• This post-election commentary was meant for last week, but I couldn’t write it because I was in the first stages of grief— denial, anger — and bargaining (maybe, I thought, Republican electors could still choose Mike Pence or anyone other than Donald Trump).

    Now, I’m in the last stages — depression and acceptance.

  • Did fake news spread through Google and Facebook tip the election in favor of Donald Trump?

    That question was explored ad nauseam last week, mostly by professional journalists and those on the left looking to explain what they view as the unexplainable — Donald Trump being elected president of the United States.

  • To the editor
    On behalf of the Buttermilk Days Festival, we would like to thank all the people, groups and businesses that helped make our 22nd annual Buttermilk Days Festival a tremendous success.  
    First, we must give thanks to the good Lord above for blessing us with outstanding good weather.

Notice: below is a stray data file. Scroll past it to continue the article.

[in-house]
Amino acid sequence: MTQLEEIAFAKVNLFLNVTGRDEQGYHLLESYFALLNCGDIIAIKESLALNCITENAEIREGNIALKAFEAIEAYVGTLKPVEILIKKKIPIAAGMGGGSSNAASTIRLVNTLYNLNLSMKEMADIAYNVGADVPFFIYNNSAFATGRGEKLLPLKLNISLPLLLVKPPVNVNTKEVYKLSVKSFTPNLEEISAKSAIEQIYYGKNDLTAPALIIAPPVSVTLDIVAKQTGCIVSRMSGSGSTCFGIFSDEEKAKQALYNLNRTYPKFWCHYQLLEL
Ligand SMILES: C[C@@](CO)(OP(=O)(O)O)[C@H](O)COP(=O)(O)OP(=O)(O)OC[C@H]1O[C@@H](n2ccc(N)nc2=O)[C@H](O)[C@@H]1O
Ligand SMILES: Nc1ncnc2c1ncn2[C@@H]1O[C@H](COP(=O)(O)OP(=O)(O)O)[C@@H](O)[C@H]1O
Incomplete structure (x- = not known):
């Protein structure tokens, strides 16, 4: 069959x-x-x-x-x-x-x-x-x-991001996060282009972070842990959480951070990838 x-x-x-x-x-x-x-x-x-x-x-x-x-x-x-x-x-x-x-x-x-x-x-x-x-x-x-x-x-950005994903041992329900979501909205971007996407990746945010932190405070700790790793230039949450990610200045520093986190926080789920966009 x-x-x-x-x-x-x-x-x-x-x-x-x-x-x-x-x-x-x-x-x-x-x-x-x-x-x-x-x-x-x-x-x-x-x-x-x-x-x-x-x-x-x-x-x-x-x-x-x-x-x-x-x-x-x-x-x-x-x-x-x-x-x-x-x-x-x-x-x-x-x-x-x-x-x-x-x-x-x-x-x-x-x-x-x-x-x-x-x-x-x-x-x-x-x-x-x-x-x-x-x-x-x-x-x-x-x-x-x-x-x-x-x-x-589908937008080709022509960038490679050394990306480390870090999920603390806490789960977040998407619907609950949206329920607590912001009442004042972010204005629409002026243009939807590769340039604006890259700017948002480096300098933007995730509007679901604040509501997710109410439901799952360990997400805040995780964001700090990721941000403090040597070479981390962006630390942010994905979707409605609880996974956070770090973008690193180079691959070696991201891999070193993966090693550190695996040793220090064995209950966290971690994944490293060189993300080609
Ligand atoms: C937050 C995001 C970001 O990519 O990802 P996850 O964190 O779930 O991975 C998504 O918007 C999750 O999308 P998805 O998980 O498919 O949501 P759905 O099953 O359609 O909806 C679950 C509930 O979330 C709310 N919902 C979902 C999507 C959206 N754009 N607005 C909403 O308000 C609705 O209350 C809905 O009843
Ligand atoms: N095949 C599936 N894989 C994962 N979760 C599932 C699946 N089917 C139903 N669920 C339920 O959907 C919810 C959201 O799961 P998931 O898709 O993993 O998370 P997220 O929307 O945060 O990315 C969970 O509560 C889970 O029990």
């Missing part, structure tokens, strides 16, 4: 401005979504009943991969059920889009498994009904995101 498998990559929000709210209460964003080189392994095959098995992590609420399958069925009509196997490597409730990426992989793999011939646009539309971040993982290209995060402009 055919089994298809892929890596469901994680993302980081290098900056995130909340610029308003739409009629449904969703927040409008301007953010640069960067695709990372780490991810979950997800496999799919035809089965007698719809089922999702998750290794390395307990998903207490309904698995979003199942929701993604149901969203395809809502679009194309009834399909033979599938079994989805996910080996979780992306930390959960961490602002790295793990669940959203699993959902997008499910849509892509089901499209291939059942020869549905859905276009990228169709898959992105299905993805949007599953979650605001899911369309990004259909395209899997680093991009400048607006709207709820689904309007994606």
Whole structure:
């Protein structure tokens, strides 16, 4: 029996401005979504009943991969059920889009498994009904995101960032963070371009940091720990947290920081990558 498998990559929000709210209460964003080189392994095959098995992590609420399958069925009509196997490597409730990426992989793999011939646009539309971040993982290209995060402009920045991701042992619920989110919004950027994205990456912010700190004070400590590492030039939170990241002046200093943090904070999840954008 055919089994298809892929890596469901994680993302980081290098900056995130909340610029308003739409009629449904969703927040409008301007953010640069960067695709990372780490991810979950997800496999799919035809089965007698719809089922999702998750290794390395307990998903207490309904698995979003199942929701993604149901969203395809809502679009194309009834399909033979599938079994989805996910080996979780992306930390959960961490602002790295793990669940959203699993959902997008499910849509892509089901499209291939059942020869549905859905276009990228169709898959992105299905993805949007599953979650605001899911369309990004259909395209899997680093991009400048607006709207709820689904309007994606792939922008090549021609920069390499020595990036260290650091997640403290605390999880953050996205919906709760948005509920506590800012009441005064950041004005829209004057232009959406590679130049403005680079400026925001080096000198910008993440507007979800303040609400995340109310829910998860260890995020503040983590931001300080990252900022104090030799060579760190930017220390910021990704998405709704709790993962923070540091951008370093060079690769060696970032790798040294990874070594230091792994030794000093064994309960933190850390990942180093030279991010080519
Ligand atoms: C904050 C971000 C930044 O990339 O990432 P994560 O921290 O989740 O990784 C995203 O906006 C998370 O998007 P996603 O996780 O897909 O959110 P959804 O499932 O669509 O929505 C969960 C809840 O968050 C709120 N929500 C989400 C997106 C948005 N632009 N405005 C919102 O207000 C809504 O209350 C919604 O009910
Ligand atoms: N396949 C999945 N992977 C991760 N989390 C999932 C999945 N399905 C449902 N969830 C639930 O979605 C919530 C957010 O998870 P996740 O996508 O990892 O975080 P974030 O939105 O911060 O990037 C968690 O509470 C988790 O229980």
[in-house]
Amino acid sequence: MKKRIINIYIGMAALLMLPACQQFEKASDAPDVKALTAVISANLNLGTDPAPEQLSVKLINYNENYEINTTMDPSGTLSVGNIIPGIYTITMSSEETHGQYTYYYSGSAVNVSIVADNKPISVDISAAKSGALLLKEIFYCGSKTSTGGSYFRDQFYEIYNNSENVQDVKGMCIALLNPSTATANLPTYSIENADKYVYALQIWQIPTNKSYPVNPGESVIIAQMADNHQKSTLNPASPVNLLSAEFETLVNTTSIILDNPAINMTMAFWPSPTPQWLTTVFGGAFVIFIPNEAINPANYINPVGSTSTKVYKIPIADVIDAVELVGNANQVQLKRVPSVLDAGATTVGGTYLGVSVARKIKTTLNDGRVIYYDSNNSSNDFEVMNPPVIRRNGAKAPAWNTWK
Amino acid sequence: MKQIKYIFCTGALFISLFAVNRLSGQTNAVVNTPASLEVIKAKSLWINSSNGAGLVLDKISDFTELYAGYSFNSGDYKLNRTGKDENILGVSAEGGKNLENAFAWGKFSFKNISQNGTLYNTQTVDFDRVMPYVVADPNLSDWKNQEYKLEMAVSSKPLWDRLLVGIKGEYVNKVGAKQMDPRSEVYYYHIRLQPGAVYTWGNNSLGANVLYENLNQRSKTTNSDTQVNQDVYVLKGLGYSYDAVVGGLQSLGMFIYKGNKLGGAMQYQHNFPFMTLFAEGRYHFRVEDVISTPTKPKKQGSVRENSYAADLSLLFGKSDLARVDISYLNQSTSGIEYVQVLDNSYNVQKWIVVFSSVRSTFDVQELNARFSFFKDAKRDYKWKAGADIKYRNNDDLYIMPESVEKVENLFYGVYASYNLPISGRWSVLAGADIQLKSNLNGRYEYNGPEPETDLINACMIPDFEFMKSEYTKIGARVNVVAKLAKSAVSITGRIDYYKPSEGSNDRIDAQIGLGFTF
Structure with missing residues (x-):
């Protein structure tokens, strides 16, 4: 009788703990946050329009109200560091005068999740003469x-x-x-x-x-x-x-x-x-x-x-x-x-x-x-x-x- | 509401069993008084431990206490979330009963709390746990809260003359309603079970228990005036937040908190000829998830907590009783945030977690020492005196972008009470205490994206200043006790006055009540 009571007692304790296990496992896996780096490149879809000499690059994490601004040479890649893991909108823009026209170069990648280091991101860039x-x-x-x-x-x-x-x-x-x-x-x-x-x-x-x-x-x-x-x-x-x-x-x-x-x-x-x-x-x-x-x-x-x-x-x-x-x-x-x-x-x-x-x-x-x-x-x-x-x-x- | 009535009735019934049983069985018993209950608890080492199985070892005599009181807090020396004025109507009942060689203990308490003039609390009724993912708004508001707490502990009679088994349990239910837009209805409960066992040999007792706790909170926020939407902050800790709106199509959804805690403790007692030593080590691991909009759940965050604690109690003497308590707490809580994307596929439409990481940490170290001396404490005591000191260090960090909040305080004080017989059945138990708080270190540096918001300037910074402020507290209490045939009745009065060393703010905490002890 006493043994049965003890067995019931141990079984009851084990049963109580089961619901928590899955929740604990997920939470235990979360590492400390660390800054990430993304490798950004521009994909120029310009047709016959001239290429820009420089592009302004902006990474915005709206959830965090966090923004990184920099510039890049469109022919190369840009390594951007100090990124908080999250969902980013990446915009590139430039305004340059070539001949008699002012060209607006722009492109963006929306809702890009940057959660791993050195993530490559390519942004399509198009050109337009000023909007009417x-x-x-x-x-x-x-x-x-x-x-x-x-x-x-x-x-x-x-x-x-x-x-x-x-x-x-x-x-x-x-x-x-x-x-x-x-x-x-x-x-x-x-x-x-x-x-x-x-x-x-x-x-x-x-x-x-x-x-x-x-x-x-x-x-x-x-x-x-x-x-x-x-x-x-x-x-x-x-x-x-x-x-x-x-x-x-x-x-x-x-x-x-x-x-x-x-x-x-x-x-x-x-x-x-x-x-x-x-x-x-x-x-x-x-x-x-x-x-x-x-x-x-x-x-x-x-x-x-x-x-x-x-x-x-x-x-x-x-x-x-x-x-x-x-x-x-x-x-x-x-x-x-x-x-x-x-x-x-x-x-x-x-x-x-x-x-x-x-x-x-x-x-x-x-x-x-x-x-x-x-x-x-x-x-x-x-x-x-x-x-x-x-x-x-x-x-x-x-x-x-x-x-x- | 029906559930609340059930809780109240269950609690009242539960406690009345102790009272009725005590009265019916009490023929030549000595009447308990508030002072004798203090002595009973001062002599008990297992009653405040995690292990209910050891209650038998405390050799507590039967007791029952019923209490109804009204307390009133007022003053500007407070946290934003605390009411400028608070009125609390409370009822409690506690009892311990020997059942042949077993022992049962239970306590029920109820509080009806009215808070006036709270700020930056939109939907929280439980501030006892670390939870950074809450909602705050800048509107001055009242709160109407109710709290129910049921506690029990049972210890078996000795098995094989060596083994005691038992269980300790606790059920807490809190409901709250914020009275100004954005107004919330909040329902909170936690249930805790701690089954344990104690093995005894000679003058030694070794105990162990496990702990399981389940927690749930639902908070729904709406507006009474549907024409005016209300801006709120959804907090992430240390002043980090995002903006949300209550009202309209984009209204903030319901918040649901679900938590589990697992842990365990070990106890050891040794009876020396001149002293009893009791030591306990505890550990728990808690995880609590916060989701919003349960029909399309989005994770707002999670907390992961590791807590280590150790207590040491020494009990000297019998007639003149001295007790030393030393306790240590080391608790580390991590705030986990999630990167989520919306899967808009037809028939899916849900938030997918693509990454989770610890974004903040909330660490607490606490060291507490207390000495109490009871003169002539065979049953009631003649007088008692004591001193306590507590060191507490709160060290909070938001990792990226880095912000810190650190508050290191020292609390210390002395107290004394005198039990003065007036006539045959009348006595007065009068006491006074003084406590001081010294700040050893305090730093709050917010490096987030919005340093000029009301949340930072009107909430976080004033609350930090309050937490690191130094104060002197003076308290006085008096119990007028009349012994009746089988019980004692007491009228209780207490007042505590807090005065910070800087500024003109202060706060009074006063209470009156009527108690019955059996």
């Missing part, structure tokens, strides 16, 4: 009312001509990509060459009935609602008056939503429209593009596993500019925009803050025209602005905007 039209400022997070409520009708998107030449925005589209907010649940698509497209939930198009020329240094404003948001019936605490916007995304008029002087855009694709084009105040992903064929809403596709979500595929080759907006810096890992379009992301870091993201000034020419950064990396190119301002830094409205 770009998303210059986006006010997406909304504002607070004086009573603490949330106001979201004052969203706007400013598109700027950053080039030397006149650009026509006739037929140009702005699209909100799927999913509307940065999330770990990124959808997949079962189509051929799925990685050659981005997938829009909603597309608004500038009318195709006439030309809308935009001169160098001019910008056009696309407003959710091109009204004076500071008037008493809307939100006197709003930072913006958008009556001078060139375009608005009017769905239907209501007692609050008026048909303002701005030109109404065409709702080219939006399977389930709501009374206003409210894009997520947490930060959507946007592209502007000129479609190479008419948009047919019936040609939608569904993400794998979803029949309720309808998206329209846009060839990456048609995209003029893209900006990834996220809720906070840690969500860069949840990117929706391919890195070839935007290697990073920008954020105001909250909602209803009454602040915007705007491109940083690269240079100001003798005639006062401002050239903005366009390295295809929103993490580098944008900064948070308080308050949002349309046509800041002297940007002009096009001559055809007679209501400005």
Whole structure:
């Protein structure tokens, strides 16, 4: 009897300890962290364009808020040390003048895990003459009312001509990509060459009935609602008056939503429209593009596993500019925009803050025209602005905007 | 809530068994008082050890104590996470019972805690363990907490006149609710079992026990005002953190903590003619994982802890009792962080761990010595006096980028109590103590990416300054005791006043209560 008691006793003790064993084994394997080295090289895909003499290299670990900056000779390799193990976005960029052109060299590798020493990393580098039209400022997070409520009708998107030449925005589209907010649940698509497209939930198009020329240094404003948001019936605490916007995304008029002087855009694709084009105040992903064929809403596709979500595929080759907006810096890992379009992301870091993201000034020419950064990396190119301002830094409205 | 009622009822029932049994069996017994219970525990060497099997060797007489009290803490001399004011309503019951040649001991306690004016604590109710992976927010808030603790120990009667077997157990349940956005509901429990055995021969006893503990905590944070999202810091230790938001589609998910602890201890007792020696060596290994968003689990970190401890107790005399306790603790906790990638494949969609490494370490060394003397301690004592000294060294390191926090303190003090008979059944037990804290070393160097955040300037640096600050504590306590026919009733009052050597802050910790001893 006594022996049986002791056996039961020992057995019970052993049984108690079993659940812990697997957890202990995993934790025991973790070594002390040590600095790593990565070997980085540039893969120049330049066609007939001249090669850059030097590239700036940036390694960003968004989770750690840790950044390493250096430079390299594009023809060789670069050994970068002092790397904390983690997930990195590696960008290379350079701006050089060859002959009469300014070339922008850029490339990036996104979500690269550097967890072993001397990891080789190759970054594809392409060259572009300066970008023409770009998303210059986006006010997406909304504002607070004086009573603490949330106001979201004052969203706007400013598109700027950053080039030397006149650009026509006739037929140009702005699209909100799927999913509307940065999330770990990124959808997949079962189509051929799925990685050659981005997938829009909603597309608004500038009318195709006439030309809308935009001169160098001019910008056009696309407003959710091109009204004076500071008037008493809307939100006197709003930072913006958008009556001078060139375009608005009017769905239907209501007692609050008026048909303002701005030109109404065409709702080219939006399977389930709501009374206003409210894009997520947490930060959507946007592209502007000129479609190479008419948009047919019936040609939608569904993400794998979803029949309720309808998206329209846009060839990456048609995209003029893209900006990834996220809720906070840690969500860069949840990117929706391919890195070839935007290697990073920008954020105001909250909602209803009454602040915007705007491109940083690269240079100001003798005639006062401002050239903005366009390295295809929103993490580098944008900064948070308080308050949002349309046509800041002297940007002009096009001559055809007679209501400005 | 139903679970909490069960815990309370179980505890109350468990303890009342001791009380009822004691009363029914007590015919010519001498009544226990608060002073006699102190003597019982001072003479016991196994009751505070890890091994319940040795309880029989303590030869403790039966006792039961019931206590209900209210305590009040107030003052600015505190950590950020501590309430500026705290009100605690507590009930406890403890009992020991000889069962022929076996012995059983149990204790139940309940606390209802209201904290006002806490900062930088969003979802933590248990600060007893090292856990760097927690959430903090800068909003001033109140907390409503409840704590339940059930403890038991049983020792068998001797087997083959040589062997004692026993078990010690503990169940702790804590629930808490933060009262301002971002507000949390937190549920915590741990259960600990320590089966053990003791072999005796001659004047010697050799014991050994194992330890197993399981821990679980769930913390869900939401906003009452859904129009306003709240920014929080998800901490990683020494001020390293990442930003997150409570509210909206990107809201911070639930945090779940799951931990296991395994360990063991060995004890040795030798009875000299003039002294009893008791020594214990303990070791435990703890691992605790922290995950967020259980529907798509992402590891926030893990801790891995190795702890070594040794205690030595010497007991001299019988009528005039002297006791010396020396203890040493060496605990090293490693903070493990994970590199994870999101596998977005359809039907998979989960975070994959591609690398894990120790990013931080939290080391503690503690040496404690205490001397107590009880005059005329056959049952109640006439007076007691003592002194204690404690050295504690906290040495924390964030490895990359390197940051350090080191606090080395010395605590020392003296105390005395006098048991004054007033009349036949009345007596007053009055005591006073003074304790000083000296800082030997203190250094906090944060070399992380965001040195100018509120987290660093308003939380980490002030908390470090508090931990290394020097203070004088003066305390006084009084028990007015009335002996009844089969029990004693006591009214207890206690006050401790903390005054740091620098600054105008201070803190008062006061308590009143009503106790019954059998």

To our Gold Sponsors: LG&E, Toyota-Boshuru, Town & Country Bank and 3D Graphics, City of Bardstown, B-town Nelson County Tourism a special thank you.

  • Matthew Spandler-Davison, pastor of the Bardstown church I often attend, posted on his Facebook page a Los Angeles Times article about Evan McMullin, the independent presidential candidate recruited by the #NeverTrump movement.

    A former CIA operative and GOP congressional staffer, McMullin is “our kind of conservative,” Matthew told me, and “the only one I can vote for in good conscience.”